DIPGs originate from supporting brain cells called oligodendrocytes. Oligodendrocytes make the insulation that surrounds the axons of various nerves in the central nervous system. Olig2 expression appears at the early stages of brain cell development, and is also present in the early-stage dividing and replicating cells in tumors. Olig2 also participates in the transformation of normal oligodendrocyte progenitor cells (OPCs) into cancer cells that divide uncontrollably. Olig2 also facilitates the adaptability of gliomas that helps them evade chemotherapeutic regimens. Indeed, clinically speaking, DIPGs may initially respond to chemotherapeutic agents, but they tend to quickly adapt to these drugs and develop high-levels of resistance to them.

Lu and his colleagues and collaborators eliminated Olig2-positive dividing cells from DIPG tumors that were still in the early stages of tumor formation. Lu and his colleagues used an ingenious technique to remove Oligo2 expression: by genetically engineering a herpes simplex virus-based vector, they delivered a suicide gene (Thymidine kinase) into replicating Olig2-positive cancer cells. Since herpes simplex viruses (HSVs) have the ability to grow in neurons that do not divide a great deal, the HSV-vectors are well suited to this purpose. After infecting the early DIPG cells with the HSV vectors, they administered an anti-herpes drug already in clinical use, ganciclovir (GCV), which kills any cells that have the thymidine kinase gene. The Olig2-deleted tumors were not able to grow.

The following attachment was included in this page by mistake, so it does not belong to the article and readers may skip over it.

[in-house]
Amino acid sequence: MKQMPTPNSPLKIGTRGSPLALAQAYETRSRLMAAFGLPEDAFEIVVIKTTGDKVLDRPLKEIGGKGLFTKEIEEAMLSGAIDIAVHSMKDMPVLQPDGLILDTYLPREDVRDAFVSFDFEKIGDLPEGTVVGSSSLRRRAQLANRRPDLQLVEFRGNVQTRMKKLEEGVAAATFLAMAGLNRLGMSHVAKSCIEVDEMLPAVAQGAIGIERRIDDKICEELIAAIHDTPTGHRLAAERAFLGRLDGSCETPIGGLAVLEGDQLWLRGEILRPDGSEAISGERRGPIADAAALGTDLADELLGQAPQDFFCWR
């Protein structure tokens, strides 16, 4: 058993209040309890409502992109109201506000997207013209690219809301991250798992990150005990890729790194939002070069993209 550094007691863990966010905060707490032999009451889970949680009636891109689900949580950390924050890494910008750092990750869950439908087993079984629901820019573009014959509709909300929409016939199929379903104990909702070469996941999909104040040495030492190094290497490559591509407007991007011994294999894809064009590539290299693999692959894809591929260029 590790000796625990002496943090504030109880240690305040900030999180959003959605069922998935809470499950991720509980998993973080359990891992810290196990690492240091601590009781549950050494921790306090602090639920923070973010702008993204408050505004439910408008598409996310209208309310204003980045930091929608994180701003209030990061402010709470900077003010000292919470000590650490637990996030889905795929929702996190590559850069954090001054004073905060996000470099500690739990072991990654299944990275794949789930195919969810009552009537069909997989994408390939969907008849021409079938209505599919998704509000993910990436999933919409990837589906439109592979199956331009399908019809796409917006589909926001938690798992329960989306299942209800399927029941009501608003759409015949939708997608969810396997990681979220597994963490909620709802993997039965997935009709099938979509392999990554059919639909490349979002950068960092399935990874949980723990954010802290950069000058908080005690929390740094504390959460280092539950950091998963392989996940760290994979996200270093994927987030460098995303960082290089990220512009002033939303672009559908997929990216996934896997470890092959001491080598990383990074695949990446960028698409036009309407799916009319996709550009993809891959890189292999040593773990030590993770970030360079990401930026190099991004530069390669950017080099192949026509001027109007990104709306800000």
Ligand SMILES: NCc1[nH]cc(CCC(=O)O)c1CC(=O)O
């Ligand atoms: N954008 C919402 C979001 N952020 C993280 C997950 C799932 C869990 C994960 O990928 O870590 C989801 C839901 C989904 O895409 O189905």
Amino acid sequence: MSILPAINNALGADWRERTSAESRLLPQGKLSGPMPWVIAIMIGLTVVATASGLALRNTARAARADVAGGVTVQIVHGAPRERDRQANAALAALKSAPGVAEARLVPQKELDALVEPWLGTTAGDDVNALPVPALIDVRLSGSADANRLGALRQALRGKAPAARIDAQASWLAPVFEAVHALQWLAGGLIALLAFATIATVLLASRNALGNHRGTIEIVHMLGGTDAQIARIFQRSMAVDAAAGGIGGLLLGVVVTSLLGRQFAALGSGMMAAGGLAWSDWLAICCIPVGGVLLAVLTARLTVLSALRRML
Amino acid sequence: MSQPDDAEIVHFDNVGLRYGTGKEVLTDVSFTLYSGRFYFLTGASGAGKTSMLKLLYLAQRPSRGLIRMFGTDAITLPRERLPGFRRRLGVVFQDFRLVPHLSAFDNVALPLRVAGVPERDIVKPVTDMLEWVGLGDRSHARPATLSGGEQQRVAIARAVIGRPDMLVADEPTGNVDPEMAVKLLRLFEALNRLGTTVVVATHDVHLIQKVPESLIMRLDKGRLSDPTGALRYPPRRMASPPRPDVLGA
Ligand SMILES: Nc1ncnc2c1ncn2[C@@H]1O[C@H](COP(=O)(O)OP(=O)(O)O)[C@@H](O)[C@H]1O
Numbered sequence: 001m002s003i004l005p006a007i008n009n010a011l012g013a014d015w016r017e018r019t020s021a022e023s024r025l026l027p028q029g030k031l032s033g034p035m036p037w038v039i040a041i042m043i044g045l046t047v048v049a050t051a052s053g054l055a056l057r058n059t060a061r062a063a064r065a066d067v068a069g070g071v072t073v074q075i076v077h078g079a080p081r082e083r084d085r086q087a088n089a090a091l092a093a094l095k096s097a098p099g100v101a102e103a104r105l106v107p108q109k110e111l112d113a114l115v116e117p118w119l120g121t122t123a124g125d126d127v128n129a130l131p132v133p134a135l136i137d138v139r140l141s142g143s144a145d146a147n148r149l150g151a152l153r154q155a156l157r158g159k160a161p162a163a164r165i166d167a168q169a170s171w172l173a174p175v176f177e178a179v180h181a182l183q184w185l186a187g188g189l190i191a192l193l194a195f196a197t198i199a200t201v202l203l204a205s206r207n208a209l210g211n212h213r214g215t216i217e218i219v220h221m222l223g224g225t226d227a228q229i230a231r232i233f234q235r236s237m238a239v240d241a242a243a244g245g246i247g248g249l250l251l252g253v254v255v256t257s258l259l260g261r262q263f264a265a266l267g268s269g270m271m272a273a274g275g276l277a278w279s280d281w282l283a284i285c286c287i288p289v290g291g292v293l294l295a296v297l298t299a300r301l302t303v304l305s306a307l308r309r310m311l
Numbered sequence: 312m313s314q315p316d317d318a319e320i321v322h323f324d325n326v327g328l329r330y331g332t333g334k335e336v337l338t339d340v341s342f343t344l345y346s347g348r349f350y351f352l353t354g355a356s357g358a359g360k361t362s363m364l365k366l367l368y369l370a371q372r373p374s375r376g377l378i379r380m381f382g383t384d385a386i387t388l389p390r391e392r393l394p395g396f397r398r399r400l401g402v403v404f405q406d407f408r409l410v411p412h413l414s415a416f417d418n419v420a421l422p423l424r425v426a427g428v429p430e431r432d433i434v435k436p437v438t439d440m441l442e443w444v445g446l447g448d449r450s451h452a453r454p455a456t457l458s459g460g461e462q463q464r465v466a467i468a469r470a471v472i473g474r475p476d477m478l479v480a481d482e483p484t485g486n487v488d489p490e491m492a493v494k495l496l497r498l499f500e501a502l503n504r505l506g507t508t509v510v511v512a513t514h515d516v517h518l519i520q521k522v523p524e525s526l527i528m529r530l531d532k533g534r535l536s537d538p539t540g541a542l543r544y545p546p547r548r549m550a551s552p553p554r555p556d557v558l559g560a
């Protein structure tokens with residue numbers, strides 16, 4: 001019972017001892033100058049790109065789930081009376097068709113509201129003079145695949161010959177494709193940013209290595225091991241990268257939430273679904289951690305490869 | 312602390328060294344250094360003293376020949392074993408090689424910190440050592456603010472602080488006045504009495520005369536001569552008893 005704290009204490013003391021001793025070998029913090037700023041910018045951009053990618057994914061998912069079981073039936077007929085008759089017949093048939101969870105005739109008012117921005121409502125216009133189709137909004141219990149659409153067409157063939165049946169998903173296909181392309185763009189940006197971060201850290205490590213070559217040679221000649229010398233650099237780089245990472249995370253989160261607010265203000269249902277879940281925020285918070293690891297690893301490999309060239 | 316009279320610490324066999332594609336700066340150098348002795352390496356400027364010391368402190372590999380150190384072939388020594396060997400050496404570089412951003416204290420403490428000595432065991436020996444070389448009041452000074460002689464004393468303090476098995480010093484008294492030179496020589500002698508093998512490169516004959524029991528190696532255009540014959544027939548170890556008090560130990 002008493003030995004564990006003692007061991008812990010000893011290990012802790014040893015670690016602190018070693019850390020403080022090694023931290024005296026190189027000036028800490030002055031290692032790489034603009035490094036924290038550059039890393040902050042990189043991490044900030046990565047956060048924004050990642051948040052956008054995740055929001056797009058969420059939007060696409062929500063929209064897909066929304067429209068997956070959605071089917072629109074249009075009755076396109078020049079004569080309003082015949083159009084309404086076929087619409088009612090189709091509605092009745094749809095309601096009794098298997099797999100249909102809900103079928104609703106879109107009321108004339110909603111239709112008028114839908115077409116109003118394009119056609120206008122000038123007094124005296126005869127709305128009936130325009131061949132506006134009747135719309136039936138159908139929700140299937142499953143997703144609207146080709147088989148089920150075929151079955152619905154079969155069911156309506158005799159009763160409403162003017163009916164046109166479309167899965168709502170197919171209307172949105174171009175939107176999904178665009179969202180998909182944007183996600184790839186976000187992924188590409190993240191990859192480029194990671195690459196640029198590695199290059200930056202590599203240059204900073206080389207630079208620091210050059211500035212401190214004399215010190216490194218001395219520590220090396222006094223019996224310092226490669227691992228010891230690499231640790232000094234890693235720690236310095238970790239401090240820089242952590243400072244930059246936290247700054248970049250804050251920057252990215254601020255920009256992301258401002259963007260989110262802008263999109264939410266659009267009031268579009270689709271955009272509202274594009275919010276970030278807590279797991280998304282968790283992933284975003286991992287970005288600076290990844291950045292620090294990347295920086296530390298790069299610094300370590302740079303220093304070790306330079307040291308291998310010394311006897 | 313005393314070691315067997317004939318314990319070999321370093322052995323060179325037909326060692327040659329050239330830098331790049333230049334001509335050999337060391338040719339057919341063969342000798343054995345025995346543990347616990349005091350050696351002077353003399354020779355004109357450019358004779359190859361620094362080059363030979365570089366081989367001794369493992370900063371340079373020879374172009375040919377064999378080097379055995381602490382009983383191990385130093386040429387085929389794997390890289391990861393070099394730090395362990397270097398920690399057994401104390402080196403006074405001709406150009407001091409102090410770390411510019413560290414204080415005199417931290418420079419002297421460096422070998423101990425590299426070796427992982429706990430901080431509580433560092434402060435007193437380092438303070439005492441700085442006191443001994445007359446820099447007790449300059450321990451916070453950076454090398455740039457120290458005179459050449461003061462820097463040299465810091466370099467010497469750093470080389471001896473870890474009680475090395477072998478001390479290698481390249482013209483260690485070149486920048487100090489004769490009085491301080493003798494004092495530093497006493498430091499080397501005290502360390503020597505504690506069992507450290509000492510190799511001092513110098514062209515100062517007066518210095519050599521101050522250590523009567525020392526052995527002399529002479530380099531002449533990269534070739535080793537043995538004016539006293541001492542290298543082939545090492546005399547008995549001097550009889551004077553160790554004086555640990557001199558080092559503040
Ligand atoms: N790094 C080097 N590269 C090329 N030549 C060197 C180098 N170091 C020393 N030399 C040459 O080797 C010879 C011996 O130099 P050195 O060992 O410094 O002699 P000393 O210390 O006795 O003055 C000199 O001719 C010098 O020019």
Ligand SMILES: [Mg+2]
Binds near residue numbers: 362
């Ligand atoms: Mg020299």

In follow-up work, Lu and his colleagues observed a fascinating fate for the Olig2- tumors. These cells differentiated into astrocyte-like cells that continued to form tumors, but expressed the epidermal growth factor receptor (EGFR) gene at high levels. EGFR is an effective target for several chemotherapy drugs. In repeated tests in mouse models, Olig2 inhibition consistently transformed the glioma-forming cells into EGFR-expressing astrocyte-like cells. Then these tumors were treated with an EGFR-targeted chemotherapy drug called gefitinib. These treatments stopped the growth of new tumor cells and tumor expansion.